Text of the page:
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Iranian threats are not empty rhetoric and must be taken seriously

03/11/2006

Iran has vowed to resist international pressure and threats after the International Atomic Energy Agency decided to put the issue of Iran's nuclear program before the UN Security Council. Ayatollah Ali Khamenei, the supreme religious authority and spiritual guide in Iran, attributed the pressures on Iran to U.S. hostility towards Iran, which began 27 years ago; when the U.S cut diplomatic relations with Iran in the wake of the 1979 Iranian revolution that saw American diplomats taken hostage for 444 days.

The Islamic Republic News Agency reported that The Expediency Council Chairman Akbar Hashemi Rafsanjani said "We cannot be intimidated". Iranian President Ahmadinejad stated that his people will not yield to threats from Western States and that Iran will continue with its nuclear research program.

In its confrontation with the U.S over its clandestine nuclear program, Iran is threatening that it will inflict "pain" on the U.S. Such threats should not be dismissed as mere rhetoric for media consumption. Iran has a number of powerful cards to play. The two pronged strategy would involve the economic and security aspects.

Iran can create problems on several fronts, namely in Iraq, the neighbouring Gulf States, chiefly Bahrain, Saudi Arabia and Kuwait, also in Lebanon and the Palestinian territories. It can cripple the world economy through planned disruption of oil exports. Iran's bravado is based on the assumption that the U.S. is embroiled in the Iraqi quagmire and is no mood to enter into a new military conflict, and the fact that America relies on the Middle East for more than 25% of its oil imports.

The Iranian regime can cause havoc in Iraq through allies, chiefly the Shi'ite militias. Since the fall of the fiercely anti-Iranian Saddam regime, Iran has reportedly exploited the unsecured borders with Iraq to move men and materials into Iraq. The Iraqi National Accord Party headed by former Iraqi Prime Minister Ayad Allawi, a secular Shi'ite accused pro-Iranian Shi'ite Coalition United Iraqi Alliance and the followers of the firebrand Shi'ite cleric Moqtada Al-Sadr of carrying out revenge attacks against Sunni Mosques and thus fuelling the cycle of violence. It was also reported that Iran is investing heavily in commercial projects in the sSouth of Iraq where Shi'ites are a majority.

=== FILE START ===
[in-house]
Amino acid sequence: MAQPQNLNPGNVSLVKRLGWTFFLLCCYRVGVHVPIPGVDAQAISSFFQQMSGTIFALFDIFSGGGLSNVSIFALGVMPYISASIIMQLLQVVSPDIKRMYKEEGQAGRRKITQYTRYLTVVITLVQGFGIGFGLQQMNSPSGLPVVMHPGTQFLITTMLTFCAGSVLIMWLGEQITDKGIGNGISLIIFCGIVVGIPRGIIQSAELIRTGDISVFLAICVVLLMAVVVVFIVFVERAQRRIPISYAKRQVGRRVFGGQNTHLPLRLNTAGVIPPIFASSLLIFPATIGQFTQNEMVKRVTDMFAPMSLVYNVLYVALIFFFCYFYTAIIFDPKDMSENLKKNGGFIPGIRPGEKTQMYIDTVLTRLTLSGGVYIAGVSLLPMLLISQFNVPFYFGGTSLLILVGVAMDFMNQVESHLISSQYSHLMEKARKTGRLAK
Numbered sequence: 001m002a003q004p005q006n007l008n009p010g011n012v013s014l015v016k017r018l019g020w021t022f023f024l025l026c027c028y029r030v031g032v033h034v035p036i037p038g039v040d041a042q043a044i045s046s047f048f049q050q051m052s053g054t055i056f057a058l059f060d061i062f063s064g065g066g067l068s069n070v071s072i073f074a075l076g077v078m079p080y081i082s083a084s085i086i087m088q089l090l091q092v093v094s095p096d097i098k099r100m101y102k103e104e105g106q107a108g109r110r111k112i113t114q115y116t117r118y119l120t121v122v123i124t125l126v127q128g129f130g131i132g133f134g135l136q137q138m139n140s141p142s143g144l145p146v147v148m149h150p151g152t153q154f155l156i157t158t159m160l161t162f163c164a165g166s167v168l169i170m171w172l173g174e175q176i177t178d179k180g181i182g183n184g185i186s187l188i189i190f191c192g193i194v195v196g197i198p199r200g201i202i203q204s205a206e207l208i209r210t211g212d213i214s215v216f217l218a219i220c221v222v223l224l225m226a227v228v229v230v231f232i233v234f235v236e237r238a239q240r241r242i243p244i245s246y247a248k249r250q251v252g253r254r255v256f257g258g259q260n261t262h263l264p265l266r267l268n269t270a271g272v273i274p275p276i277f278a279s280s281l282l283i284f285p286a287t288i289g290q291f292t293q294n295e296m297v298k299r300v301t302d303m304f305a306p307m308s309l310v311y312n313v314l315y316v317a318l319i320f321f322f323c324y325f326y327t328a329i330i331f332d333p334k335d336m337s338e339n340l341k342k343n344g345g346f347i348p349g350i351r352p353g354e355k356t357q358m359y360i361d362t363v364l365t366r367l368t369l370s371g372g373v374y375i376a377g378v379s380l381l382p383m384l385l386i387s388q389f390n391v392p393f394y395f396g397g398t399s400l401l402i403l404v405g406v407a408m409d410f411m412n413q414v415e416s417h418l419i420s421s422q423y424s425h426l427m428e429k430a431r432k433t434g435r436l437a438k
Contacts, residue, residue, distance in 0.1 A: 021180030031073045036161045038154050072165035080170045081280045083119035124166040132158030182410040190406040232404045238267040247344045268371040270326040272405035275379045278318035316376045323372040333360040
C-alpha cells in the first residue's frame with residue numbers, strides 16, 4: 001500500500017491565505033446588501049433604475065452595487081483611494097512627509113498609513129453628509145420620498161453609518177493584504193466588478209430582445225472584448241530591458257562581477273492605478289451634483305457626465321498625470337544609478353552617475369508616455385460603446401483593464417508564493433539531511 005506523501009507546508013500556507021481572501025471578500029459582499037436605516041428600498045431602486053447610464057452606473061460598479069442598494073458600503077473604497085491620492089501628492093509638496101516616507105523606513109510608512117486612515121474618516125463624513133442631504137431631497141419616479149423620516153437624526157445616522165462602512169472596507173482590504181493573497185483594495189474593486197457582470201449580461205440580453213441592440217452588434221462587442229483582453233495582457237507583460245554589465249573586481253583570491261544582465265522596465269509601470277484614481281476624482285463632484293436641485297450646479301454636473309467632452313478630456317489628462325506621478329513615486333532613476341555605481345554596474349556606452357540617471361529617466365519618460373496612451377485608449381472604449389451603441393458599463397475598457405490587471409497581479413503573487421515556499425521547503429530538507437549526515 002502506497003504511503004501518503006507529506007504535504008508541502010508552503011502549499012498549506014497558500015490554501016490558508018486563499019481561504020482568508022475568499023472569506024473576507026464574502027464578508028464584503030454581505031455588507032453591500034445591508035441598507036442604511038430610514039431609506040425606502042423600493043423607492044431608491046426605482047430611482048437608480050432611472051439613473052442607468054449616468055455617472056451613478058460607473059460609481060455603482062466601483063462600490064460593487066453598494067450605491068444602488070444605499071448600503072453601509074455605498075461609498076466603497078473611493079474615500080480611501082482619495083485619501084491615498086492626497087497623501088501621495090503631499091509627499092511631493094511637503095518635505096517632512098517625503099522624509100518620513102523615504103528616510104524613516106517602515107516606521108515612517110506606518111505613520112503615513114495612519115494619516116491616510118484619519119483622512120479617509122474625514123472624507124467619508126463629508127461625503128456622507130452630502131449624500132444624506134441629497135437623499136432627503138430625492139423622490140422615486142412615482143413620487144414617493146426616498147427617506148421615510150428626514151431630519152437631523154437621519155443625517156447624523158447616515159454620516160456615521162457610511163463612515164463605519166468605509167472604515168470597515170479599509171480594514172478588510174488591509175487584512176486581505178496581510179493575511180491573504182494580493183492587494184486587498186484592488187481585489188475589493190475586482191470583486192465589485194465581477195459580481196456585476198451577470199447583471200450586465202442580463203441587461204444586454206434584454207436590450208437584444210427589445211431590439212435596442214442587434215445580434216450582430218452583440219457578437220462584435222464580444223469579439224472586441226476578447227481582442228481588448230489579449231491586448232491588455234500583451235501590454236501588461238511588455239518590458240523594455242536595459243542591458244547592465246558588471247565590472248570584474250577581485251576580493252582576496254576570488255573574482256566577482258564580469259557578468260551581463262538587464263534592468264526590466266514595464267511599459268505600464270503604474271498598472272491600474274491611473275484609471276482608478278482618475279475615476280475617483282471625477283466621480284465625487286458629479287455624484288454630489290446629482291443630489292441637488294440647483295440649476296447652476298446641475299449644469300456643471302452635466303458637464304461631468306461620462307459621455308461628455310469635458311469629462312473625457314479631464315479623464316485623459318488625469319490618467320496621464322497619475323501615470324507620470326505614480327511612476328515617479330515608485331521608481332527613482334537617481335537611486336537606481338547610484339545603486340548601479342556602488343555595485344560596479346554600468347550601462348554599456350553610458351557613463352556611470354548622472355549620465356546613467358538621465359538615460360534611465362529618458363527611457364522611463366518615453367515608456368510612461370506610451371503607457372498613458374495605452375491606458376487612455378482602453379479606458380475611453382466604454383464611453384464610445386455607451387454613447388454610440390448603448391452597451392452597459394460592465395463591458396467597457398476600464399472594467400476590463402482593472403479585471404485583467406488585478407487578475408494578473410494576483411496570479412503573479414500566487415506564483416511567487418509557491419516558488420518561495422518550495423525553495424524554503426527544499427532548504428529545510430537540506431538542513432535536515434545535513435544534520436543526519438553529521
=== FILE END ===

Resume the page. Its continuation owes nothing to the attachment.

Indeed it can be argued that the failure of the U.S. and its allies in securing the borders after the invasion of Iraq helped Iran to penetrate Iraq and to establish an extensive network of friends, agents and collaborators whose aim is to create an Iranian style regime dominated by Shi'ite clergy. This is the grand design. However the pro-Iranian elements could target U.S. military personnel, U.S. companies and installations. They could also target Iraqis believed to be supporters of the U.S. effort to establish democracy and stability. Paradoxically the Shi'ite militias could become de facto allies of the predominantly Sunni insurgents who are currently causing mayhem in Iraq. This is not to say a coalition between Sunnis and Shi'ites in general which is unlikely. Historically the Shi'ite-Sunni split resulted from a dispute over succession after Prophet Muhammad's death in 632 AD.

However, in the present situation this would mean the expansion of the insurgency base, which would now include disparate elements who until recently were cutting each others' throats. Their opposition to Israel and the U.S would unite them into a common front. This is at least a likely scenario in Iraq.

"Equally alarming is that sectarian feelings in Iraq may spread to Bahrain," said Mansoor Al-Jamil a Shiíite who is editor in chief of the Bahraini Alwasat Newspaper. Earlier this year a number of Bahraini Shiíites were killed by the security forces in Manama, the Bahraini capital, on February 8, during the Ashura rituals. Ashura is a Shi'ite time of mourning over the killing of Hussein, the nephew of Islamís founding Prophet.

The Shi'ites of Kuwait, Bahrain and Saudi Arabia have faced discrimination and are now more vocal in demanding reforms and justice. They look to Iran for spiritual guidance. Iran's ability to cause problems in Bahrain and Saudi Arabia and Kuwait should not be underestimated. The Shi'ite populations of these countries are already agitating for more rights. The United Arab Emirates is a home for 560,000 Iranians who would not stand idle if their country of origin is attacked.

Lebanon is another cause for concern, where Hizbulla and Amal militias rely on Iran for financial and logistical support. Iran can mobilize its long time friend Syria in fomenting unrest in Lebanon through Hizbulla and Amal, by targeting U.S and Western interests and mounting a new campaign of assassinations against individuals and groups deemed to be friendly to the U.S. and France. The other possibility, which cannot be ruled out, is the reactivation of Hizbulla attacks along the relatively quiet northern borders of Israel with Lebanon. Hizbulla has always been ready to obey and carry out the Iranian and Syrian agendas in relation to Lebanon and Israel.